When used as a maintainer, the BatteryMINDer® is guaranteed to maximize your battery's life and storage capacity.

    The temperature compensated long-term maintenance stage will add years of service. Patented full-time high frequency pulse desulfation (NOT high voltage) prevents battery sulfation on new batteries or eliminates in older batteries, the #1 cause of early battery failure. Unit can maintain up to six 12 Volt batteries at one time when connected in parallel by using SmarTechnology™ Y-Connectors 210AY or customer supplied 18-Gauge insulated wire.
    Attached Thumbnails Attached Thumbnails Click image for larger version. 

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  8. #18
    Team Bilford's Avatar
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    K,
    Good info. I have used Odysseys since 1999. I have spoken to their tech folks many times and upon their recommendation starting using the CTEC brand of chargers that use the Odyssey voltage guidelines. Odyssey now has their own line of chargers.

    Thank you for providing some info on Deka recommendations. They make most of the private label AGM group 20 batteries out there. If Odyssey does not bring a Group 20 to market by next spring, I most likely will buy a Deka or a Yuasa GYZ. I would go ahead and use the CTEC AGM mode for charging. Currently, when I need to charge the OEM Yuasa on my 2018 RXP, I use the standard mode because the AGM mode exceeds the voltage recommendations of Yuasa for the YTX line. I am not sure if their GYZ line would be charged at the higher voltage.

  9. #19
    I read all this about the AGM batteries gets charged/maintained a certain way vs a plate style battery.
    A stator shunt style regulator on a ski is like doing brain surgery with a claw hammer compared to a modern battery charger/maintainer.
    I don't buy into all the hype about the "AGM" charger. I buy the Battery Tender Junior and let it eat! I have a Miller BobCat welder
    that one stays on. I pull it out once every few mouths and run it for about 30 mins to keep the carb from gumming up. It turns over like new every time.
    $25.00. Problem solved.

    All of my ATV's and motor cycles come with Yuasa batteries. They lasted for 7-8 years. My 2016 15F has a Yuasa in it.
    All my other skis needed batteries so I put AGM batteries in them for the simple fact they had built in nuts. I hate those little squire nuts.
    Buy a name brand maintainer and spend you brain power on more important things.

  10. #20
    Click avatar for tech links/info K447's Avatar
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    Quote Originally Posted by TT350 View Post
    I read all this about the AGM batteries gets charged/maintained a certain way vs a plate style battery.
    A stator shunt style regulator on a ski is like doing brain surgery with a claw hammer compared to a modern battery charger/maintainer.
    I don't buy into all the hype about the "AGM" charger. I buy the Battery Tender Junior and let it eat!

    I have a Miller BobCat welder that one stays on. I pull it out once every few mouths and run it for about 30 mins to keep the carb from gumming up. It turns over like new every time.
    $25.00. Problem solved.

    All of my ATV's and motor cycles come with Yuasa batteries. They lasted for 7-8 years. My 2016 15F has a Yuasa in it.
    ...
    Buy a name brand maintainer ...
    Among the reasons I post about batteries, charging and maintaining is that a battery failure on the water can be dangerous. Unlike on land where one can get off and walk home a PWC non-start or other electrical failure can strand the rider adrift. In the wrong place or the wrong time or in front of bad weather a stranding can even be life threatening.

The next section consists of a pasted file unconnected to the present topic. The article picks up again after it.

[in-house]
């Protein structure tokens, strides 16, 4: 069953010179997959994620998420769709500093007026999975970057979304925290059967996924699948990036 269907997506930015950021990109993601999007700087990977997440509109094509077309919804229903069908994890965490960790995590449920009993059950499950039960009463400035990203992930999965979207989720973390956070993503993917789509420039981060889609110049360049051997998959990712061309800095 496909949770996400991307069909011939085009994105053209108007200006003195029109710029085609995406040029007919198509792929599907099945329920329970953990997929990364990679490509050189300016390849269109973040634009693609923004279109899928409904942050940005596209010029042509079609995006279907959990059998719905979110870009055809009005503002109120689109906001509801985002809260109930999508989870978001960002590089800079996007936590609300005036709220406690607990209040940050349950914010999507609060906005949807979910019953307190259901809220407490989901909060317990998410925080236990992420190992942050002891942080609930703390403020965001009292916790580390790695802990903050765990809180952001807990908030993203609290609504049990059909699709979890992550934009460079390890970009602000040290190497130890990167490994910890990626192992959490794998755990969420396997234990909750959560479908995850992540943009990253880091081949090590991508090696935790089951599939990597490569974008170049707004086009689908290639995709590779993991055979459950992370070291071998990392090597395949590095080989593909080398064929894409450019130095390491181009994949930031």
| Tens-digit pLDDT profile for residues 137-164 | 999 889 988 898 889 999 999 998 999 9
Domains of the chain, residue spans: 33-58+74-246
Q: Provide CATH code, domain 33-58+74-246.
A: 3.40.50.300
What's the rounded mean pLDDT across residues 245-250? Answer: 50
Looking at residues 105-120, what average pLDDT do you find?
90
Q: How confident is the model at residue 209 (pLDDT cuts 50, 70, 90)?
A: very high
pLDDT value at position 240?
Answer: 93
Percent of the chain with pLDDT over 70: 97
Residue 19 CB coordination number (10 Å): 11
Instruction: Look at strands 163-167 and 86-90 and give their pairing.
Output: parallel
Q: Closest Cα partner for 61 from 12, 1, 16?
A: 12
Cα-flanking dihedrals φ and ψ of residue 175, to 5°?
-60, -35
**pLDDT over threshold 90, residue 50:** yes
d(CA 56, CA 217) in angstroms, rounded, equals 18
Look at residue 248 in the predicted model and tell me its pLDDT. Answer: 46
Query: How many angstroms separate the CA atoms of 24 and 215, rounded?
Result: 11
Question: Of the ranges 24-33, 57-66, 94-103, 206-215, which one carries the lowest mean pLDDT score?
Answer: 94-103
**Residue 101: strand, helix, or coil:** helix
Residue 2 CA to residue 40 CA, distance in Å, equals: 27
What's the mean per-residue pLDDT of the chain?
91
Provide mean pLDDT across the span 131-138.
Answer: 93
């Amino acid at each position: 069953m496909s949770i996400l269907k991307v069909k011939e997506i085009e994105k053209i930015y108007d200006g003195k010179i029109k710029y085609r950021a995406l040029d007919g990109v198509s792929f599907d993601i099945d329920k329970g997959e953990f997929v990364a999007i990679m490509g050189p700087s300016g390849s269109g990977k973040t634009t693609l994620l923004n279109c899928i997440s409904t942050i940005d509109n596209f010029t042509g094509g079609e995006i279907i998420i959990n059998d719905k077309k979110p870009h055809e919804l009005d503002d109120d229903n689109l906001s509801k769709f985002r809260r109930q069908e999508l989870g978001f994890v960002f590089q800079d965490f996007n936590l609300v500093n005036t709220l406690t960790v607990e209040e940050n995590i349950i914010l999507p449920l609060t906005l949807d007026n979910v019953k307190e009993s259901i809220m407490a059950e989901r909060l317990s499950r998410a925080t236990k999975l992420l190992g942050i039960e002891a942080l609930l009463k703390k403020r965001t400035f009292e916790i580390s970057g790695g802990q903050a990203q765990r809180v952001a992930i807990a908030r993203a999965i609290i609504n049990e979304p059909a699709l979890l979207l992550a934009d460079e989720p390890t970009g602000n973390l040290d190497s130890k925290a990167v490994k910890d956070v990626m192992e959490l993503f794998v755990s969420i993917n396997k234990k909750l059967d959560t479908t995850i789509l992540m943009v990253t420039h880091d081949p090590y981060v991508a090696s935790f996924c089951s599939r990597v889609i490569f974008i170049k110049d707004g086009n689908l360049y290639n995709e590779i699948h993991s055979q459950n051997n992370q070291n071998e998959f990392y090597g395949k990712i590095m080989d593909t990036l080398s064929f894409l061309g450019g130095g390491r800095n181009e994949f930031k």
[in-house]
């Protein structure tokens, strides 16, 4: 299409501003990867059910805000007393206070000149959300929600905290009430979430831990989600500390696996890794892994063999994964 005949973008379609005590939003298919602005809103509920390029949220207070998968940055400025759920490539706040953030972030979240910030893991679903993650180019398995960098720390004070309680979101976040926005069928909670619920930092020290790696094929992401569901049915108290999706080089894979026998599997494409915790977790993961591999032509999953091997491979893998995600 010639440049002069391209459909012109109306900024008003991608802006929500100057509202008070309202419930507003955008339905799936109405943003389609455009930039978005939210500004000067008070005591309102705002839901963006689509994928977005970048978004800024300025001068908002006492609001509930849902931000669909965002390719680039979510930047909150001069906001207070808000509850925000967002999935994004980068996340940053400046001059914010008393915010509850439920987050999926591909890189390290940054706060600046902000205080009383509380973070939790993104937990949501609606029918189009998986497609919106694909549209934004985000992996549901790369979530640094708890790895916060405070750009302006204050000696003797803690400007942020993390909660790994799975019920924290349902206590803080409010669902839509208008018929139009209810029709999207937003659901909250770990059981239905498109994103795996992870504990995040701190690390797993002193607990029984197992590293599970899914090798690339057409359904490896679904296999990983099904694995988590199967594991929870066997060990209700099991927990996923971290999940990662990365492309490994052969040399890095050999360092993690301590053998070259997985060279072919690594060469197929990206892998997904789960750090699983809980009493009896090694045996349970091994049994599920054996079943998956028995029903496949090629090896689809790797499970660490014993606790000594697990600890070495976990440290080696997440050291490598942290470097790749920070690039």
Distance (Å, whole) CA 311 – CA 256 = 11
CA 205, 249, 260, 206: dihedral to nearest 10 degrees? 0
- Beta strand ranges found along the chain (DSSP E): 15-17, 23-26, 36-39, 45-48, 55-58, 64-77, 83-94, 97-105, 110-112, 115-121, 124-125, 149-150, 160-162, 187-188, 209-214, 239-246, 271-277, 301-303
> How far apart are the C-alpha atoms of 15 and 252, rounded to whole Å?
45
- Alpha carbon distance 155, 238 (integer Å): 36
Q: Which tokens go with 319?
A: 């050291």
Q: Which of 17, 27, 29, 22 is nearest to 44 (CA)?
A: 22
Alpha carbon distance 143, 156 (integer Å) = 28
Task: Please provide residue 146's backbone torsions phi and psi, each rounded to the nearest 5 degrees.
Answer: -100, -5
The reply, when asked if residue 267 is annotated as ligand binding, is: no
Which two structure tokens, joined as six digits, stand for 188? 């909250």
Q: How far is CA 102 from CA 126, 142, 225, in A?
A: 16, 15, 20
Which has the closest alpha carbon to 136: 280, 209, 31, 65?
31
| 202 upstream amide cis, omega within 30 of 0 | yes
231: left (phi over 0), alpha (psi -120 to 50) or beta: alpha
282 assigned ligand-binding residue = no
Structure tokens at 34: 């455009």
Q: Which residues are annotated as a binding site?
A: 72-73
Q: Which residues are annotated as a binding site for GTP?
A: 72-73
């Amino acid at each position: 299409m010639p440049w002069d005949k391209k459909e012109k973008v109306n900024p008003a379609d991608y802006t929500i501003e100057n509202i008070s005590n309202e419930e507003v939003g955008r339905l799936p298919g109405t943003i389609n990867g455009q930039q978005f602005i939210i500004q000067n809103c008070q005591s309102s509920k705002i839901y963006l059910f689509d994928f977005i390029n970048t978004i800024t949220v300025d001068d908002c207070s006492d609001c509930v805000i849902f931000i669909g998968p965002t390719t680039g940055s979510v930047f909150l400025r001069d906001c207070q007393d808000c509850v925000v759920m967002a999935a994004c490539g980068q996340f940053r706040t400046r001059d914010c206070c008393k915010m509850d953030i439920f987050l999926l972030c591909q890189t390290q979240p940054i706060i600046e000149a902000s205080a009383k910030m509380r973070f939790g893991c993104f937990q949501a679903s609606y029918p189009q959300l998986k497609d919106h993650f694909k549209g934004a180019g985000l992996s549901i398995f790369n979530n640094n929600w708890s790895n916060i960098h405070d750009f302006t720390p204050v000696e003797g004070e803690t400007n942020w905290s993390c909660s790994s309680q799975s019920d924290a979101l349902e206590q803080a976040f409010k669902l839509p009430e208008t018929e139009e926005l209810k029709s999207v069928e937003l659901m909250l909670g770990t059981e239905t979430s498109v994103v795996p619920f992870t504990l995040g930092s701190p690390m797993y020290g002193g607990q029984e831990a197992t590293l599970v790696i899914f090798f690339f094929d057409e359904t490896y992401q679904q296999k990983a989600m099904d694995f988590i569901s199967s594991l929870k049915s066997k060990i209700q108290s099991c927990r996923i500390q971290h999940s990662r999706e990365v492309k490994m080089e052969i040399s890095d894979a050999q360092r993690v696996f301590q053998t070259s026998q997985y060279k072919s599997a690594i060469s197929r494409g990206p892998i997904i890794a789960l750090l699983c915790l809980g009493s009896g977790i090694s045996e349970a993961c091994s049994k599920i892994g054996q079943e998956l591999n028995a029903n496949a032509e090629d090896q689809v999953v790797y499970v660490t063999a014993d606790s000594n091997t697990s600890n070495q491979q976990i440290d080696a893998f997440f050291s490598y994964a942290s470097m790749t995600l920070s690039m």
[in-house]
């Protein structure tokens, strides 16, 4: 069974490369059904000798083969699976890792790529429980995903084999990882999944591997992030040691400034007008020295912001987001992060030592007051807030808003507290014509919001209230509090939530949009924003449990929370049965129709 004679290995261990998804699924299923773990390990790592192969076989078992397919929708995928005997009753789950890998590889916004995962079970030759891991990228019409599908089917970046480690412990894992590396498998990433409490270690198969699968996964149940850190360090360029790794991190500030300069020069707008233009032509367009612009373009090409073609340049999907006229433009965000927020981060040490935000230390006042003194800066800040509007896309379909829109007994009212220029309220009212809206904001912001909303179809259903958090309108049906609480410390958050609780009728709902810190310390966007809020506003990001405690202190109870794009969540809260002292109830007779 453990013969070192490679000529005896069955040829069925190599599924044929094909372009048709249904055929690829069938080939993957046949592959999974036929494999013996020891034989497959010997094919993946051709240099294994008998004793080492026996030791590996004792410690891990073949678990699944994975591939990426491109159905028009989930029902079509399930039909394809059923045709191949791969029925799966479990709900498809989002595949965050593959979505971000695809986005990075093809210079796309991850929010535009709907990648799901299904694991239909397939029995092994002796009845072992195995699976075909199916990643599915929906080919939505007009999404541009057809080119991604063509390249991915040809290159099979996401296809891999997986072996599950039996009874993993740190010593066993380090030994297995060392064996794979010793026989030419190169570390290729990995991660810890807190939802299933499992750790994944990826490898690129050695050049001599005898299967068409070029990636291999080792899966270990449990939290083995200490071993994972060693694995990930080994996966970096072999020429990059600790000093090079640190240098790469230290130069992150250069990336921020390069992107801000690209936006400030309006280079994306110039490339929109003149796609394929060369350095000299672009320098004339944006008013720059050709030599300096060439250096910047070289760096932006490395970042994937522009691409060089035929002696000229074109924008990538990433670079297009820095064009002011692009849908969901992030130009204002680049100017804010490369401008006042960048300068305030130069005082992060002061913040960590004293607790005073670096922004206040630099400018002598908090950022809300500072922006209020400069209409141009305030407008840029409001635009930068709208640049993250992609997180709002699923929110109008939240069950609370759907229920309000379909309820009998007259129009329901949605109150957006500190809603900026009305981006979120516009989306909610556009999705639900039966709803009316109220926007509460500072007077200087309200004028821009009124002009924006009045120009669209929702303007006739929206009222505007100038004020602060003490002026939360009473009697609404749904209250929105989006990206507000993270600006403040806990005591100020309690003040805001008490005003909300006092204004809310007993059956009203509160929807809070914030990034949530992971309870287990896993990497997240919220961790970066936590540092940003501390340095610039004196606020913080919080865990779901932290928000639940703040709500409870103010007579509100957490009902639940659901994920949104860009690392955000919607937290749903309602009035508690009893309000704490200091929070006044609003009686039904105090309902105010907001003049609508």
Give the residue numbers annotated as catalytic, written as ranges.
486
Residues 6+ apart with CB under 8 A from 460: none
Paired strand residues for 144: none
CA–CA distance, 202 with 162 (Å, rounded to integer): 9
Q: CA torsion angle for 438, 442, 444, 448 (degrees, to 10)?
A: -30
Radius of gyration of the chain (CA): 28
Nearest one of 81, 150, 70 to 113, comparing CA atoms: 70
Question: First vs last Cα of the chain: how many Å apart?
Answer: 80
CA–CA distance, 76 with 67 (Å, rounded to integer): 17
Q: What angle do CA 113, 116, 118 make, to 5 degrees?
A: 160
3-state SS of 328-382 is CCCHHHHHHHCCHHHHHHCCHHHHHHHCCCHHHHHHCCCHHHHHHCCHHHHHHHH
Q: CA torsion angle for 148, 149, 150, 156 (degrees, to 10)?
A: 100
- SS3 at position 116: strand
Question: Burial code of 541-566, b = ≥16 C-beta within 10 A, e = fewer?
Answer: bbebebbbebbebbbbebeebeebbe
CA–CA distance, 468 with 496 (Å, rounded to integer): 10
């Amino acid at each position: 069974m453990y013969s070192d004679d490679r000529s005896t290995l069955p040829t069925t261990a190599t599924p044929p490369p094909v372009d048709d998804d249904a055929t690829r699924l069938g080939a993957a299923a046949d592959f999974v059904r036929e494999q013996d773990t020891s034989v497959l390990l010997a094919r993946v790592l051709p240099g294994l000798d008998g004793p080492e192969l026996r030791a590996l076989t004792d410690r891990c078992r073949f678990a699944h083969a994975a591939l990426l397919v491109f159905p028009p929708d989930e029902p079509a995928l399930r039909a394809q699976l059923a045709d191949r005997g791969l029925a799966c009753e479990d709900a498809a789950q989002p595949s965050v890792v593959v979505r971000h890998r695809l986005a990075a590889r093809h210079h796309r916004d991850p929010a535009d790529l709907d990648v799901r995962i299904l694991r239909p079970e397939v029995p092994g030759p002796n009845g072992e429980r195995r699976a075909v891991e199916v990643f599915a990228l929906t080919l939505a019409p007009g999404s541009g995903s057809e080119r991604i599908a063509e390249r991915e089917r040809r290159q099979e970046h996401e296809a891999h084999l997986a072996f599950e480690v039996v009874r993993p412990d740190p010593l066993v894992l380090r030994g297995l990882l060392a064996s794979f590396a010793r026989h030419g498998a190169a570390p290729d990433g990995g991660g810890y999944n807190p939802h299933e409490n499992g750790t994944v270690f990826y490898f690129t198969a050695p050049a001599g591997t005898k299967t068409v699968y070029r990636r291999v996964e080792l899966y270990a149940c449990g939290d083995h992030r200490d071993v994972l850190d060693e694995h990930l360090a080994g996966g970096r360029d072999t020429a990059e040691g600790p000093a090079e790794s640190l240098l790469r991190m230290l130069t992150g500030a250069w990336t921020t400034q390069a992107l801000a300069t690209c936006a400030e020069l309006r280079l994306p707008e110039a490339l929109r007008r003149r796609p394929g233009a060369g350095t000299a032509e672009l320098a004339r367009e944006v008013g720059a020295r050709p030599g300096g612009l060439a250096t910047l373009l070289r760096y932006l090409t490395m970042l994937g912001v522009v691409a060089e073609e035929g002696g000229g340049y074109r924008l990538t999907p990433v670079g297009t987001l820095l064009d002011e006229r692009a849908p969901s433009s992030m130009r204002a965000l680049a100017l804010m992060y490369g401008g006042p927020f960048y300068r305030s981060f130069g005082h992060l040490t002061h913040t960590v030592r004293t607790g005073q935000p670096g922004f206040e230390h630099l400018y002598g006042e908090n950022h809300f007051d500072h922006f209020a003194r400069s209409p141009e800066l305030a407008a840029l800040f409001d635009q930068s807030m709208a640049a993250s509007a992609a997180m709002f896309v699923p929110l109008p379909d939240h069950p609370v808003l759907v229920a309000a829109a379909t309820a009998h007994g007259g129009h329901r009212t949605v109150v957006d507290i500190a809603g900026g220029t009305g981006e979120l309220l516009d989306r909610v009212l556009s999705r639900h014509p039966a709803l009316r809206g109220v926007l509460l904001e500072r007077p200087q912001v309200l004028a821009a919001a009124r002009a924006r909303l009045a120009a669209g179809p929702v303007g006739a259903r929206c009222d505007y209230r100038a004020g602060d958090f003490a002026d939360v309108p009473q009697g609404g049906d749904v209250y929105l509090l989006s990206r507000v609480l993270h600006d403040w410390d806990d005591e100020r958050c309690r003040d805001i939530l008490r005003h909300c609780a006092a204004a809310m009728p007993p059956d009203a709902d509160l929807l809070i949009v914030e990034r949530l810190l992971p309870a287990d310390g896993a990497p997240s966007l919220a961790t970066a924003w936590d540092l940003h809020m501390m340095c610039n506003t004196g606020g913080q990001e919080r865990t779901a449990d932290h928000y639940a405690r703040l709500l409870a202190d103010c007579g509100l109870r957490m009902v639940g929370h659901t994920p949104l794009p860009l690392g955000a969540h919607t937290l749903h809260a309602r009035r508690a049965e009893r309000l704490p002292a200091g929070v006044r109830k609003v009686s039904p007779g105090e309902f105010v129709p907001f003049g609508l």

Mis-understandings, honest confusion and simply incorrect battery related information seem to be widespread. Even among people who are familiar with automotive and commercial batteries, sometimes important points regarding PWC batteries are incorrectly applied or just skipped over.

    The charging system on most (all?) PWC is a fairly basic constant voltage regulated system. When the engine is running it tries to deliver enough charge current to bring the battery voltage up to a fixed level. On my own Yamaha GP1800 that seems to be about 14.2 volts, maybe a tad more.

    The PWC charging system is not intended to maintain the battery at a stable float voltage for long periods of time. Typical operation after first engine start of the day is riding for a (short) while, stopping, re-starting, riding and then stopping again, and so on. The battery charge state varies during the day but generally the idea is that the engine charging effect exceeds the battery discharge from the multiple engine starts and however long it was sitting since the last day of use.

    When parked for a while the battery tends to discharge. Self-discharge happens with lead-acid batteries, but battery discharge also happens with parasitic current drain from the on board electronics. The Yamaha remote ‘Security/unlock fob’ radio receiver is always sipping power, waiting for the remote button press. Even if the battery was 100% charged, it will slowly decline over time.

    A good quality battery maintainer (matched to the battery type) will not only overcome the mild power draw of the connected electronics, it will also nudge the battery really close to 100% and then hold it there (float voltage mode). As far as I know that is the optimal long term storage state for all forms of AGM and lead-acid PWC batteries.

    My practice is not to use battery maintainer primarily to extend the battery lifespan for many years, but to maximize the reliability, capacity and starting strength of that battery during the first few years.

    On land it seems normal to keep using an older battery until it just cannot start the engine anymore.

    For PWC use I advocate for removing the battery from service when it is ‘still good’. Installing a brand new AGM battery into the PWC to replace the ‘still good’ older battery that has seen a few seasons is not a waste. Use that old ‘still good’ battery in some land vehicle or other purpose. I use mine in my lawn mower.

    The cost of a new high grade AGM battery is maybe the price of two tanks of fuel. Buying a new one once every several riding seasons isn’t a big expense. The upside is less risk of battery troubles and robust engine starting power.